On 20th April 1534 Elizabeth Barton was executed on charges of treason for prophesising about Henry VIII and Anne Boleyn.
Elizabeth’s life before 1525 is unknown in 1506 she was born in Aldington and it is assumed that she grew up in a poor family. In 1525 at the aged around 18 Elizabeth was working as a servant for Thomas Cobb when she fell ill and believed that she believed she was given the power of visions and could predict the future.
Elizabeth’s predictions started with the death of a child within the house and led to urging people to stay within the Catholic faith as more and more predictions came true the greater Elizabeth’s reputation grew. A local priest, Richard Masters, referred Elizabeth to Archbishop Warham who after ensuring that her prophecies did no damage to the Catholic ways arranged for her to be received into the Benedictine St Sepulchre’s Priory in Canterbury.
Elizabeth’s popularity began to grow and she soon became known as the ‘Nun of Kent’. People would flock to see her in the belief that she could directly communicate with the Virgin Mary. Courtiers such as Sir Thomas More and Bishop Fisher also began communicating with Elizabeth.
Elizabeth began gaining more and more followers and in 1528 she had a private meeting with Cardinal Thomas Wolsey and went on to have two meetings with King Henry VIII. Henry did not oppose Elizabeth and her visions as he was still loyal to Rome and Elizabeth was warning against heresy. However, with Henry pushing Katherine of Aragon for an annulment of their marriage and turning his back on Rome he began to turn on Elizabeth as well. Elizabeth strongly opposed the Reformation and in 1532 with rumours of Henry planning to marry Anne Boleyn she predicted that if the King remarried he would die soon after and he would go to hell.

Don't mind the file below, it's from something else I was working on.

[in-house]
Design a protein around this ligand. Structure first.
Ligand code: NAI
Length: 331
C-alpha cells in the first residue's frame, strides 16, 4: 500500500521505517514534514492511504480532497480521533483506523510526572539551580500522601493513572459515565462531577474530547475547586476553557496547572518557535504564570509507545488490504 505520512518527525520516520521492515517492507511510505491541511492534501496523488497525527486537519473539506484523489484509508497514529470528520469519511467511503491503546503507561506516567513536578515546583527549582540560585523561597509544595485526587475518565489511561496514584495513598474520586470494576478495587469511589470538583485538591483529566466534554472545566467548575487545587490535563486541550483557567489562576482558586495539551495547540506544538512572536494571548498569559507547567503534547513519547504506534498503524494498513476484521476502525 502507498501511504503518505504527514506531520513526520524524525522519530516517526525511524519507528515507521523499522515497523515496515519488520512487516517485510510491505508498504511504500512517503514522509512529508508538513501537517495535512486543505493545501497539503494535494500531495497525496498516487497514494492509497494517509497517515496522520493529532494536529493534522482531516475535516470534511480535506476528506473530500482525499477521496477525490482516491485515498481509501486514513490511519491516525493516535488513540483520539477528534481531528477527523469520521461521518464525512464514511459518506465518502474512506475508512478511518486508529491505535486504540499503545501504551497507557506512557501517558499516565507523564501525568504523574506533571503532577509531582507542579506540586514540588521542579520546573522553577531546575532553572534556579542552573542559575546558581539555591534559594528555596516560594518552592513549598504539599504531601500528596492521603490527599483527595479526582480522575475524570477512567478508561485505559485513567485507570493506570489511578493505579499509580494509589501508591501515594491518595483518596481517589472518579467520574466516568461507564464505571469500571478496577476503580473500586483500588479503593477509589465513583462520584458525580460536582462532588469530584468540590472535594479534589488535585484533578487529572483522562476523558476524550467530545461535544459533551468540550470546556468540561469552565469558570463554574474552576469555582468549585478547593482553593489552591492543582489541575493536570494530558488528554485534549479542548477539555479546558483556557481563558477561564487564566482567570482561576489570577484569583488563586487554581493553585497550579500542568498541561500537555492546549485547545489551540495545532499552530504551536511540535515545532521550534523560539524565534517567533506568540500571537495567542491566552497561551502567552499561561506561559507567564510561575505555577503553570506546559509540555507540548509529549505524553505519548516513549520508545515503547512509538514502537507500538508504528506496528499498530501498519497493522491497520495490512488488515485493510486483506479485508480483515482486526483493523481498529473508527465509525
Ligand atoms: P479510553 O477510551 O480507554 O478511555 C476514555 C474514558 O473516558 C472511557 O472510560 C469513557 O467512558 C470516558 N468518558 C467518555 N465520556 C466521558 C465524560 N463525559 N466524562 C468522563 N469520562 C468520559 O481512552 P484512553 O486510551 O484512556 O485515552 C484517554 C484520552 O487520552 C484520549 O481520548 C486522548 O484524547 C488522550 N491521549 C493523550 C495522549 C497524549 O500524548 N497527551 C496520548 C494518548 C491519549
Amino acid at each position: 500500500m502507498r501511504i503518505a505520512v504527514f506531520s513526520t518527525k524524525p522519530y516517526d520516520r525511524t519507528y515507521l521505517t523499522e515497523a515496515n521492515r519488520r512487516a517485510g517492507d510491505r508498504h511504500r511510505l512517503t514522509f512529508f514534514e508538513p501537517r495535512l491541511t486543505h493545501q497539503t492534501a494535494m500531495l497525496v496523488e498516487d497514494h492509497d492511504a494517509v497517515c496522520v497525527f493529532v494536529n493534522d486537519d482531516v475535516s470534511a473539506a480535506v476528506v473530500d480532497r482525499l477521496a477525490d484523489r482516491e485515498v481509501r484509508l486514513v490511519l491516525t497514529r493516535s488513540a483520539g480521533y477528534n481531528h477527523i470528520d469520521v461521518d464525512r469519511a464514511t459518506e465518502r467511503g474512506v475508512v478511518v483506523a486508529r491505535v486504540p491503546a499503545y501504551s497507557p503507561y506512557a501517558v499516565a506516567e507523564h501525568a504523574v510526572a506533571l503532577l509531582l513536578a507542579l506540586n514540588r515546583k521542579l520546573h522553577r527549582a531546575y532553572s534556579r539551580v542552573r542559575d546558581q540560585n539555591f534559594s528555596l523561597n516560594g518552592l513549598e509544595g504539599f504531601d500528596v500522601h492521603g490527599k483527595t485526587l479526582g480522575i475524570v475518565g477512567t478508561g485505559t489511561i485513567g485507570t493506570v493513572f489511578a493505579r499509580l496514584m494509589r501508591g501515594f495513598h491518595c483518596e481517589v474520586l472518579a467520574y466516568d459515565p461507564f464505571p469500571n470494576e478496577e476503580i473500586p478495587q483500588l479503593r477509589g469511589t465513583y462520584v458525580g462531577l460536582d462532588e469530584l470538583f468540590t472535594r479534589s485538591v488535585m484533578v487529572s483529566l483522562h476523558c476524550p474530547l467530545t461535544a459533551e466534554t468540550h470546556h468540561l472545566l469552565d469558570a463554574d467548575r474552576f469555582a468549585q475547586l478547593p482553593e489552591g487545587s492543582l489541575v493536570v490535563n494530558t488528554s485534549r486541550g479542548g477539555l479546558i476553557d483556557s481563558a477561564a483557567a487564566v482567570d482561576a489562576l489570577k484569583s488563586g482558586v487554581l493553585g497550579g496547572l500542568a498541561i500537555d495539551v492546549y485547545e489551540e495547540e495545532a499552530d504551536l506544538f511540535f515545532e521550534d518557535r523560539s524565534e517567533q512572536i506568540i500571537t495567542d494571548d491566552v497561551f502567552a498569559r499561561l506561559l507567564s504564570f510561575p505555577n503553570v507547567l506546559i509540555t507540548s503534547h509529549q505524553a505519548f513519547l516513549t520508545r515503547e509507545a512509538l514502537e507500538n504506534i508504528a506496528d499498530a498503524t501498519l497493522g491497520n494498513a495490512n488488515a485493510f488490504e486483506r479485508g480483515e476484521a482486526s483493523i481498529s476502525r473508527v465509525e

It took a year for Henry to take action against Elizabeth due to her popularity, but in 1533 Elizabeth was examined by Thomas Cranmer, Archbishop of Canterbury. With rumours being spread of alleged relationships with priests and that she was suffering from mental illness Elizabeth apparently confessed to spreading false prophecies. Upon her confession Elizabeth was taken to the Tower of London where she was imprisoned.
In January 1534 a bill of attainder was passed against Elizabeth and her supporters. Thirteen supporters were attained in total including Sir Thomas More and Bishop Fisher however, Thomas More escaped imprisonment as he was able to produce a letter written by him to Elizabeth informing her to not get involved in court business. Bishop Fisher and five others were imprisoned but Elizabeth and the rest of her supporters including Richard Risby and Edward Bocking were all hanged at Tyburn on 20th April 1534. Elizabeth was buried at the Greyfriars Church in Newgate Street with the exception of her head which was put on a spike on London Bridge. She was the only woman in history to have had that happen.